On a side note, definitely keen to play through those games you have down at the same time! When it comes to MGS V I’ve been watching through full playthrough’s of 1-4 on Youtube (only done the first game so far, but this playlist was excellent to watch through if you’re interested) but am only up to MGS 2 at the moment, so still a while off there. I’m also very keen on experiencing Catherine pretty soon (probably first half of next year) thanks in large part to IGN’s Marty Sliva always going to bat for it. When I get to any of the ones you’ve listed I’ll definitely let you know in advance so we can work out a good couple weeks for the both of us to focus on one/some/all of them :smiley:


Shamelog #026 - Digging Deeper in Vizima

The Witcher is definitely a game that requires a commitment to play through, I’ve found. Having been busy with life and not being home much for a couple weekends, having the game dragged out over a longer period of time makes it hard to focus on what’s happening. Drop in drop out casually, this game is ill suited to allow. Still, the rich world The Witcher produces continues to pull me in.

The way the second act of this game wraps it’s way around into itself is an excellent feat of storytelling. The beginning sends you out in several directions narratively, only for you to find that everything is connected in the way that a believable world should.

I felt quite clever towards the end of the act, having figured out something was up with Raymond. I very nearly accused an innocent man of murder while nearly dismantling the city’s underbelly, but thanks to a late night party with old friends and a trip through a crypt I was able to piece the real story together. This was the moment I understood the “cult following” this game so rightly deserves.

I came across this in game book while playing today, which distills why I’m into this game so much so perfectly:

The Rivian Pogrom
Anonymous, based on eyewitness accounts

"After the war, the people of Rivia were unhappy. Poverty was the plight of many and most believed the kings and magnates had betrayed them during the peace talks by not exacting reparations from Nilfgaard. A scapegoat was needed and as usual it was the changelings — nonhumans and witches.

A mere spark was required to send a furious crowd into the streets. Anyone who seemed different was targeted. Dwarves, elves and those accused of using spells were all murdered. People also used the situation to settle old scores, loot and rape. I admit shamefully that few were brave enough to stand in defense of the persecuted. Among those few was the famous Geralt of Rivia, who in seeking to protect his friends was struck with a pitchfork and died. There would have been more victims if not for the intervention of Triss Merigold. The sorceress sent a powerful hailstorm down on the crowd. Only that powerful spell could stop the rioting. What happened to the body of Geralt of Rivia and those who stood by his side, I do not know."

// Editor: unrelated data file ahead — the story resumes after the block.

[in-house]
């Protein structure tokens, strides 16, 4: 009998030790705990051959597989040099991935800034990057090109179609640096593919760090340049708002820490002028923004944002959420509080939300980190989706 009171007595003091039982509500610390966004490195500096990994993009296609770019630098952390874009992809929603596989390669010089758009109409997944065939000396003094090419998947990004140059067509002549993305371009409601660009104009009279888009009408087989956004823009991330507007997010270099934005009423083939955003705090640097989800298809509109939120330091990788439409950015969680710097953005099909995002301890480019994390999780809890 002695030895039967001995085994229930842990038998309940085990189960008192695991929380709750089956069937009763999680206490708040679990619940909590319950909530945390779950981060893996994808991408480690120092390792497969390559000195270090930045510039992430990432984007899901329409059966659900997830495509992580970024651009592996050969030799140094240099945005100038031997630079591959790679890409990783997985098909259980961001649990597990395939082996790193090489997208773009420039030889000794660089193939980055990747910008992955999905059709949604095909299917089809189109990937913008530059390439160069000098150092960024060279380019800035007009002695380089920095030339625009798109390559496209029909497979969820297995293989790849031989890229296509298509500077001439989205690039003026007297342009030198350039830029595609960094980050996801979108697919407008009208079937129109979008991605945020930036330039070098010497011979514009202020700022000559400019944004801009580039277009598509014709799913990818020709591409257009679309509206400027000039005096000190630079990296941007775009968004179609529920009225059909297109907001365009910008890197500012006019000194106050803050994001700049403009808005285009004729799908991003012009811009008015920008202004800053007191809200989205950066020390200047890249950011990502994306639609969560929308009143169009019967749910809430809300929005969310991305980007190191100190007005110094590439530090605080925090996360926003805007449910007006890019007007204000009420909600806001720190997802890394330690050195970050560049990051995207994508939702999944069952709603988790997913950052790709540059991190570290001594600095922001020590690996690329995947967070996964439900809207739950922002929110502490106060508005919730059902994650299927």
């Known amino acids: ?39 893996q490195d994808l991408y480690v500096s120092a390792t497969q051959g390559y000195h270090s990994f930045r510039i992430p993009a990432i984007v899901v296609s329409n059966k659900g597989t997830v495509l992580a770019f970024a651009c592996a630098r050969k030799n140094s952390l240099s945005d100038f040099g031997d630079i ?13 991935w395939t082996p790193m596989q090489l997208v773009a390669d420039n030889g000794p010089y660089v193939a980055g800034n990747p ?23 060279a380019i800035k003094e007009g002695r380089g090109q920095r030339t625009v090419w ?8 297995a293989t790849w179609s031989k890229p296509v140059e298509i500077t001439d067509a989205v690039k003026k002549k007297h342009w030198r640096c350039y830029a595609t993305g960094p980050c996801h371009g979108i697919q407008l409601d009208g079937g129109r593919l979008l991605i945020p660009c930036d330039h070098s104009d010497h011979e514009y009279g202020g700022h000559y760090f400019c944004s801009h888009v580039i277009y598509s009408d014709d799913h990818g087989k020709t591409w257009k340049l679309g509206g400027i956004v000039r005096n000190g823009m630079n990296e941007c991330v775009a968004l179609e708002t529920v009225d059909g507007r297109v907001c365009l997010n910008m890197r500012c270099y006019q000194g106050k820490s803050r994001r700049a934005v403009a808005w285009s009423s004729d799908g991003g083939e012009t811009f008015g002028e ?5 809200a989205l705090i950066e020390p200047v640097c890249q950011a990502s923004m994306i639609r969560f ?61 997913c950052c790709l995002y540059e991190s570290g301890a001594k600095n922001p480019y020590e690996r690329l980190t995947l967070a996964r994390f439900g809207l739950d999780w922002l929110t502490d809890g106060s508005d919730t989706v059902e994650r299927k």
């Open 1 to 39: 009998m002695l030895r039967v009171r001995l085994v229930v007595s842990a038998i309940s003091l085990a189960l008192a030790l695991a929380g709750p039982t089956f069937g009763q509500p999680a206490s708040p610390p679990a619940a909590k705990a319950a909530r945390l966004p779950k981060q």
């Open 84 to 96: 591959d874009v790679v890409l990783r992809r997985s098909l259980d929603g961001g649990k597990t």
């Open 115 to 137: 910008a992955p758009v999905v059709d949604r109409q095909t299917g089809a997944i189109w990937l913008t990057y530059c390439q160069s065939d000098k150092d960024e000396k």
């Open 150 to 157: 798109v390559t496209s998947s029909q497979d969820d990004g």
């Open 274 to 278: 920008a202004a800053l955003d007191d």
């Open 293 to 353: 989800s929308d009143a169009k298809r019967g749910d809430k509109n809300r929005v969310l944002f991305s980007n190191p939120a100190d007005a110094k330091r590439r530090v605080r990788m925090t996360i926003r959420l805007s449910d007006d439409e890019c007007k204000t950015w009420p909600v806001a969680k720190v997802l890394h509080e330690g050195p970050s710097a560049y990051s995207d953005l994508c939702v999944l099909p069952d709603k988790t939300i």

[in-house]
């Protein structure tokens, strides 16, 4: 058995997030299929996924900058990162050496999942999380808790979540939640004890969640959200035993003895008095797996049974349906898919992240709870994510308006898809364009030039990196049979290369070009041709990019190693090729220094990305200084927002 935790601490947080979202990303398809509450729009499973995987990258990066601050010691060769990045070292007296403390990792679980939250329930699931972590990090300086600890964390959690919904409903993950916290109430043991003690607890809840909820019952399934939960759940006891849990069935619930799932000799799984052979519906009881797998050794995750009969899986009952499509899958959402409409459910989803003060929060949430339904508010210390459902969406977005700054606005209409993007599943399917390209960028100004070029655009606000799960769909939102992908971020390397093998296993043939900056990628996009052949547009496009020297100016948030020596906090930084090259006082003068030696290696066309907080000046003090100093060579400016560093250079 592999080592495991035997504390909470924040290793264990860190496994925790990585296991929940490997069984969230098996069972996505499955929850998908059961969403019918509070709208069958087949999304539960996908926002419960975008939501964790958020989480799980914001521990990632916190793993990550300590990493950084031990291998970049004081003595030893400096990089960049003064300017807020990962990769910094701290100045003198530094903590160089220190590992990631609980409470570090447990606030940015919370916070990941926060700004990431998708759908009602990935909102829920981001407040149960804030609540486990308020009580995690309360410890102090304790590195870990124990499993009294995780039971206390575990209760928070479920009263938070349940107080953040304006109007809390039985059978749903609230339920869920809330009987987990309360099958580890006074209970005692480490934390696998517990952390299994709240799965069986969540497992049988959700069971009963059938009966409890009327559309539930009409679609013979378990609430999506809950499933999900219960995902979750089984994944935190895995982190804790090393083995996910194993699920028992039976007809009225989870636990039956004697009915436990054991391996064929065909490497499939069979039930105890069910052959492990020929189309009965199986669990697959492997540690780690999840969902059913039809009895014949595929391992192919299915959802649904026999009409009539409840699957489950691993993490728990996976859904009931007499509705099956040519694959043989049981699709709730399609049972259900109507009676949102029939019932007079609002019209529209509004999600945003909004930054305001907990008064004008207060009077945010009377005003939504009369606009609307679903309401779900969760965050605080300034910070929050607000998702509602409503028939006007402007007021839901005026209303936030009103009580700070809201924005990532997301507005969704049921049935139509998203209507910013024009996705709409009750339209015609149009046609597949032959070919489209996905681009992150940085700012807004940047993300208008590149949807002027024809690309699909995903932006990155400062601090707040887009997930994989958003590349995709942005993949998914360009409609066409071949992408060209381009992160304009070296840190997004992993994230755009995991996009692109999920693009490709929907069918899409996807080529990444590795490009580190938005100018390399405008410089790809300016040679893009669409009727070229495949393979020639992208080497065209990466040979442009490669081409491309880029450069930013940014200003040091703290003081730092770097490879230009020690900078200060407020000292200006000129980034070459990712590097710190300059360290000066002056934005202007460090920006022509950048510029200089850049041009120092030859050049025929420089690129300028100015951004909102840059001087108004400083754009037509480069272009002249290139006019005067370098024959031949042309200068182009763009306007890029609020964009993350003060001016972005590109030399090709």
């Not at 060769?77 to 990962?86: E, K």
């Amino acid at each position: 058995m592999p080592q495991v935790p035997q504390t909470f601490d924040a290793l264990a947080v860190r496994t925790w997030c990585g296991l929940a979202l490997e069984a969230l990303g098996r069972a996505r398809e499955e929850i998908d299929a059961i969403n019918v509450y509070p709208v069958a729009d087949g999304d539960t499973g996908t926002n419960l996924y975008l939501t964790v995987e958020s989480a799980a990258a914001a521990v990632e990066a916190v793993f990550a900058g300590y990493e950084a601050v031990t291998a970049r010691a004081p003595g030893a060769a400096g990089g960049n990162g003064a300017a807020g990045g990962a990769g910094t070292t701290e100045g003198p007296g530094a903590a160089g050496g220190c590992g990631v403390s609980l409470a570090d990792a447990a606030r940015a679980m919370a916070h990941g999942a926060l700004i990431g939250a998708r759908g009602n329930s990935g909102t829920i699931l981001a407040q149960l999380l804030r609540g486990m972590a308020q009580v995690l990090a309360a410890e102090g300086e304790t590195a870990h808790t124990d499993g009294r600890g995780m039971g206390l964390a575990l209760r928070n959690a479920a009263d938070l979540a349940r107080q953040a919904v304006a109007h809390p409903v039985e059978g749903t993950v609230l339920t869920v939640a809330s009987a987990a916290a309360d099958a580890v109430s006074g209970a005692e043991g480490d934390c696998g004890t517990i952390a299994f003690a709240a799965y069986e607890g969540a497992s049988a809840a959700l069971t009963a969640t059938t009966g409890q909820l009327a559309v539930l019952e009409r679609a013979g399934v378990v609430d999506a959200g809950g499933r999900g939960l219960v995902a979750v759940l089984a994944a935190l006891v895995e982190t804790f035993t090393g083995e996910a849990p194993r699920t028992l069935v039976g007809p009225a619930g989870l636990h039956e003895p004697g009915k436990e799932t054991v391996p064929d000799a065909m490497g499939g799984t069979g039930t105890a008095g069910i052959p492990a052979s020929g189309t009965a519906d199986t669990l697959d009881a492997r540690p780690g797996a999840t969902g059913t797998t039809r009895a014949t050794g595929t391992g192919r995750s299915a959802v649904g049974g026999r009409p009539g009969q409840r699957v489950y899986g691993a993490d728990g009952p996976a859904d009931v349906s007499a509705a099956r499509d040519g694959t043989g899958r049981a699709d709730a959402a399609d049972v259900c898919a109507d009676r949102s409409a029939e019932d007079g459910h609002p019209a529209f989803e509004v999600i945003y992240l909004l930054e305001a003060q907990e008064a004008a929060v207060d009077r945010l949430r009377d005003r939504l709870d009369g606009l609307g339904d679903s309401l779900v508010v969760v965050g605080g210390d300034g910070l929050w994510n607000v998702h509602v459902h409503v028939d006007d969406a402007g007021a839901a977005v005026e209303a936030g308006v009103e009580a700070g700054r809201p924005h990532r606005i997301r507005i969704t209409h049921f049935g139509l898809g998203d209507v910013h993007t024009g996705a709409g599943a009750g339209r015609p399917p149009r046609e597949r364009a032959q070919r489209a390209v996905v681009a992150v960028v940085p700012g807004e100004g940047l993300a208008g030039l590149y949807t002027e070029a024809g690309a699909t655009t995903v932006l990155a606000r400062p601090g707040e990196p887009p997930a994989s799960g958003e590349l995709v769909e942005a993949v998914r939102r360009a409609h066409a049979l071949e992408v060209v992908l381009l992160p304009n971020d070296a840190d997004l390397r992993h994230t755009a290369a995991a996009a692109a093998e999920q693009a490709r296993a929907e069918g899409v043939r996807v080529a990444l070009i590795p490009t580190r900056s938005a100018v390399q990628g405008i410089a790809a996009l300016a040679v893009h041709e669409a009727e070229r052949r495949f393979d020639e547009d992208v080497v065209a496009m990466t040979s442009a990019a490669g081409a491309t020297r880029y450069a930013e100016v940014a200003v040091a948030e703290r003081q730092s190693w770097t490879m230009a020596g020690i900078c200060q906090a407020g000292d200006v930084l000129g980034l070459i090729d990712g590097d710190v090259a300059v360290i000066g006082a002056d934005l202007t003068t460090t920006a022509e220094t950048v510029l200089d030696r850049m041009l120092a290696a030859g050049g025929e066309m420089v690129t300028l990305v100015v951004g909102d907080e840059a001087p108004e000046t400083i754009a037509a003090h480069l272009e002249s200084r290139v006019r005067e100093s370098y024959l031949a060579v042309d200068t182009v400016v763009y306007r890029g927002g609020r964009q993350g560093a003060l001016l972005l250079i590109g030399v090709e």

The way this book is written in such a way that invokes not just the state of the world you are in now in game, but the way things used to be; the combination of the Vice News video on Wolfenstein 2 and the horrific news from the WSJ regarding Poland’s National Independence Day in learning about the country’s white supremacist history; the way the world bloody is at the moment…

I very much appreciate that this game isn’t for The Woke Gamer. Without going too deep, you basically have to choose a side between an order of knights who work tirelessly to keep everyone safe (but a racist as fuck) and a group of freedom fighters working for equality (but are happy to kill innocents, the law be damned). You can stave it off for a while, but by the end of act 2, the game is all like, “Nah buddy, you’re gonna get involved whether you like it or not.” I’ll admit the choice was relatively easy, but I did falter for a second thanks to a real great character who happened to be on the wrong side. Again, great writing, characterization and world building takes these things to the next level in a way I didn’t expect.

Now halfway through act 3 and neck deep in it’s political intrigue, I can’t stress enough how glad I am that I gave this game it’s due.

Games Left to Play: 114
Currently Playing: The Witcher


Speaking of: A fan-made mod for “The Witcher 3” adds a prologue of the first game’s events remade in the new engine.


Oh heavens no, I started this work in 2015 or 2016. I’ve spent quite a bit of time on it and it’s still nowhere near “finished”. I’d be happy to share it with you, though. You’d have to keep in mind that some of it is in there because I’ve been using the opportunity to learn some Excel along the way :slight_smile: I’d prefer to email it to you or something, because it’s not at a point where I feel like I’d want to share it with too many just yet.